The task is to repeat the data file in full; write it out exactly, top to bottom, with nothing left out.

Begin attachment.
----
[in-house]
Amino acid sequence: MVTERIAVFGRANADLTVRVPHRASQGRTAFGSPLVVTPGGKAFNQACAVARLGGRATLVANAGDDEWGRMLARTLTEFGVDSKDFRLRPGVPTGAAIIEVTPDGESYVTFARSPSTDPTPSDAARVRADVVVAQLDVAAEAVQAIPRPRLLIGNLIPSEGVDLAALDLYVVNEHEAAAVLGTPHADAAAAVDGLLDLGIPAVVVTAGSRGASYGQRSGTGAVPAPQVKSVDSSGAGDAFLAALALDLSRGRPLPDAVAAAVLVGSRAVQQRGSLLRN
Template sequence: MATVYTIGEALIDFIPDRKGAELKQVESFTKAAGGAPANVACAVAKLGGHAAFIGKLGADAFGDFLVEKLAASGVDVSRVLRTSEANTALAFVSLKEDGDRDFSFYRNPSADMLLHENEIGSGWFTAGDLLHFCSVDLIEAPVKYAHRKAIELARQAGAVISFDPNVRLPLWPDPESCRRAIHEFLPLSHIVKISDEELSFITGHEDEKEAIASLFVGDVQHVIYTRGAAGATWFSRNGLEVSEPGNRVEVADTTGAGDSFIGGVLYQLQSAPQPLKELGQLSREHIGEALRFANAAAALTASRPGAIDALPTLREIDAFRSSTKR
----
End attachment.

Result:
[in-house]
Amino acid sequence: MVTERIAVFGRANADLTVRVPHRASQGRTAFGSPLVVTPGGKAFNQACAVARLGGRATLVANAGDDEWGRMLARTLTEFGVDSKDFRLRPGVPTGAAIIEVTPDGESYVTFARSPSTDPTPSDAARVRADVVVAQLDVAAEAVQAIPRPRLLIGNLIPSEGVDLAALDLYVVNEHEAAAVLGTPHADAAAAVDGLLDLGIPAVVVTAGSRGASYGQRSGTGAVPAPQVKSVDSSGAGDAFLAALALDLSRGRPLPDAVAAAVLVGSRAVQQRGSLLRN
Template sequence: MATVYTIGEALIDFIPDRKGAELKQVESFTKAAGGAPANVACAVAKLGGHAAFIGKLGADAFGDFLVEKLAASGVDVSRVLRTSEANTALAFVSLKEDGDRDFSFYRNPSADMLLHENEIGSGWFTAGDLLHFCSVDLIEAPVKYAHRKAIELARQAGAVISFDPNVRLPLWPDPESCRRAIHEFLPLSHIVKISDEELSFITGHEDEKEAIASLFVGDVQHVIYTRGAAGATWFSRNGLEVSEPGNRVEVADTTGAGDSFIGGVLYQLQSAPQPLKELGQLSREHIGEALRFANAAAALTASRPGAIDALPTLREIDAFRSSTKR